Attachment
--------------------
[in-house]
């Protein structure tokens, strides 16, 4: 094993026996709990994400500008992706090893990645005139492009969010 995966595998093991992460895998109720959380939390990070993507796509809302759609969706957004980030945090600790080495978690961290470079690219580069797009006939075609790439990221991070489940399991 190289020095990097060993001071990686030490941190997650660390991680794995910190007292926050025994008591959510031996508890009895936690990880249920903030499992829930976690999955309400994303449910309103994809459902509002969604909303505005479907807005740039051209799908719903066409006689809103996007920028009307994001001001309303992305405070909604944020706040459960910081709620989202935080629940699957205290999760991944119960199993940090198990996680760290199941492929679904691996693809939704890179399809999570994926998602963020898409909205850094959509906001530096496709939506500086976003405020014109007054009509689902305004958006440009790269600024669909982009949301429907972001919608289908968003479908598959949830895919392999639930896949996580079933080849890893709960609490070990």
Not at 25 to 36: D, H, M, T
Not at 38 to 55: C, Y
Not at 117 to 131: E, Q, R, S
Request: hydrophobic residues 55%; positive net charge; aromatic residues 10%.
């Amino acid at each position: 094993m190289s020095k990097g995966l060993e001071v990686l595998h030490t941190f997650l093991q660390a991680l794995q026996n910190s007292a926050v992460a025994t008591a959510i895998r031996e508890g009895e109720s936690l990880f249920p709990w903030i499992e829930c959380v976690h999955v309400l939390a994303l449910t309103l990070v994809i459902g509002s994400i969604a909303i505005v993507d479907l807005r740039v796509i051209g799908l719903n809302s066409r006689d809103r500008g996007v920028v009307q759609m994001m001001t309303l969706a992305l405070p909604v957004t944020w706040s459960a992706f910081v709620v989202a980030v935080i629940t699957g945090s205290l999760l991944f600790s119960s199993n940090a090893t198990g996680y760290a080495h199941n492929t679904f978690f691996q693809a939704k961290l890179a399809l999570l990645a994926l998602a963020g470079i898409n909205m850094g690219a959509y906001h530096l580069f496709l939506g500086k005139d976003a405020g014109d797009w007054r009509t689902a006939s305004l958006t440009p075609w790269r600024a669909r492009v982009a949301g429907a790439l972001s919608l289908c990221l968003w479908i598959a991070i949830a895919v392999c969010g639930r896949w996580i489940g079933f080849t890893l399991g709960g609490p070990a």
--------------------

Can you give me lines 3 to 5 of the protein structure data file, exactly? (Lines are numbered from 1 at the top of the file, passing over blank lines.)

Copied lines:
Not at 25 to 36: D, H, M, T
Not at 38 to 55: C, Y
Not at 117 to 131: E, Q, R, S